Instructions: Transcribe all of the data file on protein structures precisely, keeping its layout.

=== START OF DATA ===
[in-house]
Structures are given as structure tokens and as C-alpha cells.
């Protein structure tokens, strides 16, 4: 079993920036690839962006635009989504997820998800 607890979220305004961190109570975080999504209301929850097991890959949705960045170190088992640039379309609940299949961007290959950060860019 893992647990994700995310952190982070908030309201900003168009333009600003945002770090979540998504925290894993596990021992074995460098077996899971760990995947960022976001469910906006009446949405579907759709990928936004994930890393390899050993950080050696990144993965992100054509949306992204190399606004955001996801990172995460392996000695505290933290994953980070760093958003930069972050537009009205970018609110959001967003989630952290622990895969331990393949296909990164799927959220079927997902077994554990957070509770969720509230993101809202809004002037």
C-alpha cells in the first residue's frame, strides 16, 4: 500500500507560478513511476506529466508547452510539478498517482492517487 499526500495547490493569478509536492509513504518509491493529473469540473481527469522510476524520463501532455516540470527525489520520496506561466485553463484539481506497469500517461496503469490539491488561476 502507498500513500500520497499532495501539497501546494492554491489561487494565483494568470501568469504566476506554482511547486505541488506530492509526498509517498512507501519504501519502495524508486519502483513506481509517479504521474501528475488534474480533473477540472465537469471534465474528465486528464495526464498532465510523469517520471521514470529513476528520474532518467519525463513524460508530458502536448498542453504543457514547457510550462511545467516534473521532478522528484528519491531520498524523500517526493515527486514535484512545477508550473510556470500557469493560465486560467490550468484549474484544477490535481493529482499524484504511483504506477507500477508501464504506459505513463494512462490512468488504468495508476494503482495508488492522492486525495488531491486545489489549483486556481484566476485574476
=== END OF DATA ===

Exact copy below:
[in-house]
Structures are given as structure tokens and as C-alpha cells.
């Protein structure tokens, strides 16, 4: 079993920036690839962006635009989504997820998800 607890979220305004961190109570975080999504209301929850097991890959949705960045170190088992640039379309609940299949961007290959950060860019 893992647990994700995310952190982070908030309201900003168009333009600003945002770090979540998504925290894993596990021992074995460098077996899971760990995947960022976001469910906006009446949405579907759709990928936004994930890393390899050993950080050696990144993965992100054509949306992204190399606004955001996801990172995460392996000695505290933290994953980070760093958003930069972050537009009205970018609110959001967003989630952290622990895969331990393949296909990164799927959220079927997902077994554990957070509770969720509230993101809202809004002037």
C-alpha cells in the first residue's frame, strides 16, 4: 500500500507560478513511476506529466508547452510539478498517482492517487 499526500495547490493569478509536492509513504518509491493529473469540473481527469522510476524520463501532455516540470527525489520520496506561466485553463484539481506497469500517461496503469490539491488561476 502507498500513500500520497499532495501539497501546494492554491489561487494565483494568470501568469504566476506554482511547486505541488506530492509526498509517498512507501519504501519502495524508486519502483513506481509517479504521474501528475488534474480533473477540472465537469471534465474528465486528464495526464498532465510523469517520471521514470529513476528520474532518467519525463513524460508530458502536448498542453504543457514547457510550462511545467516534473521532478522528484528519491531520498524523500517526493515527486514535484512545477508550473510556470500557469493560465486560467490550468484549474484544477490535481493529482499524484504511483504506477507500477508501464504506459505513463494512462490512468488504468495508476494503482495508488492522492486525495488531491486545489489549483486556481484566476485574476